Collaborative Ecosystems in Sustainable Finance: Harnessing the Wisdom of Crowds

by |May 11, 2018

Financial markets are the primary directors of economic activity in a capitalist global society, but they also have an important societal role in encouraging investments that are beneficial to natural and human ecosystems. In sustainable finance particularly, decision-making by many small market participants, rather than a few dominant players, is crucial to overcoming the high cost of information gathering, due diligence, and impact assessment.

Last week, the Earth Institute’s Research Program on Sustainability Policy and Management discussed this topic at the panel event, “Collaborative Ecosystems in Sustainable Finance: Harnessing the Wisdom of Crowds.”

In his opening remarks, program director and professor Steven Cohen noted that we are seeing growing attention being paid to the term “sustainable finance,” both in universities and on Wall Street. Behavior can be greatly influenced by the availability and price of capital finance, and sustainability factors must be reflected in the world as understood by finance professionals in order to be real and not merely symbolic.

He also remarked that “given the global challenges we face, we need every sustainability practitioner in the room to succeed, and the culture of sustainability involves collaboration, not competition. The collaborative ecosystems concept tonight is meant to highlight spaces in sustainable finance where stakeholders can collaborate, rather than compete.”

Moderated by Satyajit Bose, lecturer and associate director of the research program, the panel featured Fan Gao, senior VP at CreditEase, one of China’s largest financial technology companies specializing in inclusive finance and wealth management; Julia Moshkin, senior CSR analyst at EcoVadis, which operates a collaborative platform that provides sustainability ratings for global supply chains; Amie Patel, director of Elevar Equity, a private equity and venture capital firm specializing in early stage and growth equity investments; and Alexander Laipple, director at Neighborly, an online investment platform that allows individuals to invest in civic projects through municipal bonds.

Though working in different spaces in sustainable finance, the speakers all noted their individual reliance on collaboration to improve their company’s performance and impact. Moshkin, for example, relies on players in the field to provide reliable sustainability data for EcoVadis’ online platform and takes advantage of data already in the public domain. Elevar Equity employees spend time with local communities seeking microfinance loans to learn firsthand how their customers are being impacted.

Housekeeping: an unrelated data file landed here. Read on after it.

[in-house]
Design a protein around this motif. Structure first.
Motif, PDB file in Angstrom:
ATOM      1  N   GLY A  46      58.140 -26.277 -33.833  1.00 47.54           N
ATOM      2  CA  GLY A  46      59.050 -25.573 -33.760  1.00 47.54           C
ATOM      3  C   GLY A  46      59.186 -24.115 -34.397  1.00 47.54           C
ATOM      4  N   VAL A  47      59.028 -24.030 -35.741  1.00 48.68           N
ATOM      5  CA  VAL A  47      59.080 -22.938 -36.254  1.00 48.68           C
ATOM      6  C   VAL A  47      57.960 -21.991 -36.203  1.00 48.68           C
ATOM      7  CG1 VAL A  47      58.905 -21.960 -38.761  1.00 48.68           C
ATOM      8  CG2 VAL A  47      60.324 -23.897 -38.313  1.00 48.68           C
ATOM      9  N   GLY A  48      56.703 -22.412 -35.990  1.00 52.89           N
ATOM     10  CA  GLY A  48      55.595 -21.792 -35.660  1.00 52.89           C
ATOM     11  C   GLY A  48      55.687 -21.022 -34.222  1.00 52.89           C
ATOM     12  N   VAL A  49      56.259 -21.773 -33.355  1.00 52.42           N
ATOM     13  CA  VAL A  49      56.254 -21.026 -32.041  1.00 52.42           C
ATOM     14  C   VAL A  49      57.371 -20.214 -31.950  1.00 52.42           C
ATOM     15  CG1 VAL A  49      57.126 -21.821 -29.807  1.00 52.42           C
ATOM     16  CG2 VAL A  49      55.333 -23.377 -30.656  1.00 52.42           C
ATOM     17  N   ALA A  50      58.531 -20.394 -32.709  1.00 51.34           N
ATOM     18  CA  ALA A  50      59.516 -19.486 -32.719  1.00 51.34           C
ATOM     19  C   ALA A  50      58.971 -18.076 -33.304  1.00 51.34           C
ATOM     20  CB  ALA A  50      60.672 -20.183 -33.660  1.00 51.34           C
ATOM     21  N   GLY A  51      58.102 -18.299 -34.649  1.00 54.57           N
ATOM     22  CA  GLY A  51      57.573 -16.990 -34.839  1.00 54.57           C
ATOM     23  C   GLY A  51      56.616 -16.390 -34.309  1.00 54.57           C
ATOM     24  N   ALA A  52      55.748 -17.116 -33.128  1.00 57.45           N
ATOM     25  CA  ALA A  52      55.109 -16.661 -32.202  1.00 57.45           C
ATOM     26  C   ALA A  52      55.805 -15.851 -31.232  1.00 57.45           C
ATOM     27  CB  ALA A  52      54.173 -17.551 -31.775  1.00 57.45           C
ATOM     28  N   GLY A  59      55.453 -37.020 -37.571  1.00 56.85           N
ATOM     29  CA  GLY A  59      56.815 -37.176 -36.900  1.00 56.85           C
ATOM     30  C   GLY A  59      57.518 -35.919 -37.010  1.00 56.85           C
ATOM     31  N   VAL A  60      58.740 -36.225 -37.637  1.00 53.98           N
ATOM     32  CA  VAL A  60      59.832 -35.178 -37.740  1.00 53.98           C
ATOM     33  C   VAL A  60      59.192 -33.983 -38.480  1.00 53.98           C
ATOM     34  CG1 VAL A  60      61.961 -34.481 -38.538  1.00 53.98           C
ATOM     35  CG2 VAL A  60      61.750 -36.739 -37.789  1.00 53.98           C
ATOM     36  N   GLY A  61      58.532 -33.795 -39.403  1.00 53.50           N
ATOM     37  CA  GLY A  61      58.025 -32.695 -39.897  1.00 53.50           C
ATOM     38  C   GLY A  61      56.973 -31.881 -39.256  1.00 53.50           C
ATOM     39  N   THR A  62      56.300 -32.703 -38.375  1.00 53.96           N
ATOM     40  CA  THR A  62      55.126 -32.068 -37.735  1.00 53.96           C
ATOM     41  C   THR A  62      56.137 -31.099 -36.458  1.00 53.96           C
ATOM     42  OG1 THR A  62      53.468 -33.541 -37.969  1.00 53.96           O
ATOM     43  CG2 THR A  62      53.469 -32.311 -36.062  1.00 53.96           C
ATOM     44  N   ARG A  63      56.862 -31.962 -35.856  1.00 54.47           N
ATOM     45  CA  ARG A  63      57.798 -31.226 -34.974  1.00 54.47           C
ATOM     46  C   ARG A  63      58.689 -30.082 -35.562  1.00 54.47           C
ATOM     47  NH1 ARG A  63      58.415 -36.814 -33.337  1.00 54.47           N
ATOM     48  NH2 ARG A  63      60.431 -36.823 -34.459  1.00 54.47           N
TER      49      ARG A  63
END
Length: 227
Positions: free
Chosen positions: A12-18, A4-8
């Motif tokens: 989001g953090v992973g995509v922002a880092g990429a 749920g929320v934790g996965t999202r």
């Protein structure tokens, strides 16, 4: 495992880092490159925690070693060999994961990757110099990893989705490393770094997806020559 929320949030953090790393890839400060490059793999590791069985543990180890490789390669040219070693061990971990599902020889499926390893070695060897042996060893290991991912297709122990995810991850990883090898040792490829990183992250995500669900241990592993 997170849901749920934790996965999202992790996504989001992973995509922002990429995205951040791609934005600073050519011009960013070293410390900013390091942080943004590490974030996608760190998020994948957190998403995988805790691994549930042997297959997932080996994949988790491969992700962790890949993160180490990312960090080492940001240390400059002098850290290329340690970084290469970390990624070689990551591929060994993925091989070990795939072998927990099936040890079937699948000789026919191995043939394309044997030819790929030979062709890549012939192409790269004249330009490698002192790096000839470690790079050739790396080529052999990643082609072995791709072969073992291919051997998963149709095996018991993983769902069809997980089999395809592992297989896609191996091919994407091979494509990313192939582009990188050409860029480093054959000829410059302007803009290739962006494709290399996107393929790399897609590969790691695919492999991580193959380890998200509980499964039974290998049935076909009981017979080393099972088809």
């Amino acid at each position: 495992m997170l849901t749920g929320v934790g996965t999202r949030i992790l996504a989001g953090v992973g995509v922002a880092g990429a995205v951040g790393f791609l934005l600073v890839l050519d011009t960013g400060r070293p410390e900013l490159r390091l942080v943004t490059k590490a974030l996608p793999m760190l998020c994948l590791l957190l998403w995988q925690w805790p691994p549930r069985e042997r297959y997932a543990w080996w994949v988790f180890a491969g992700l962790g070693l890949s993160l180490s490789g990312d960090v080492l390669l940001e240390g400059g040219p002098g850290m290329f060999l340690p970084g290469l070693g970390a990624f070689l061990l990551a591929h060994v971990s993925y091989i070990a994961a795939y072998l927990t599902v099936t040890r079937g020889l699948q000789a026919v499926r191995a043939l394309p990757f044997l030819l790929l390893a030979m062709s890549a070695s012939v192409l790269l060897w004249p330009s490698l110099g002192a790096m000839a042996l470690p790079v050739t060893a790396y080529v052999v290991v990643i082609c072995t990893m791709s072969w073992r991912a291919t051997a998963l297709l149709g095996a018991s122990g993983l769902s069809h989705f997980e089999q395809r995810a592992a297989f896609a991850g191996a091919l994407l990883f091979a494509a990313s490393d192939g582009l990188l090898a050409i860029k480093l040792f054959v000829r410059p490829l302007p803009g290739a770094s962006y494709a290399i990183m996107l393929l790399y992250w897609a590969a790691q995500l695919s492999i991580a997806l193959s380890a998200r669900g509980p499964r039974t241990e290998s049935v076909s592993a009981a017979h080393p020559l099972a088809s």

The panelists also shared common challenges, such as the complexity in bringing in other metrics to measure company performance. Bose questioned how we can replace metrics such as GDP growth, which has long been “put on a pedestal” as the ultimate measure of success. Laipple sees environmental, social, and governance (ESG) metrics as being very important for Neighborly in setting themselves apart from other investment banks, and their company actively monitors whether their deals are matching Sustainable Development Goals. Gao pointed out, however, the importance of measuring a financial metric alongside ESG goals; although social impact is always put in front of financial impact at CreditEase, a company that does not make money cannot continue. Proving that this is a viable business market, says Patel, is also crucial to attracting large private equity investors and achieving scale.

Bose recently co-authored a paper on the value and current limitations of ESG data for the security selector, which addresses the additional challenges of investors dealing with ambiguous evidence on the financial impact of ESG factors, as well as data sufficiency and quality challenges as obstacles to fast adoption of ESG integration. The article outlines the literature on the value-relevance of specific ESG metrics that demonstrates the business case for incorporating ESG information.

 


Kelsie DeFrancia is Assistant Director for the Research Program on Sustainability Policy and Management. Learn more about the work being done by the program at http://spm.ei.columbia.edu/

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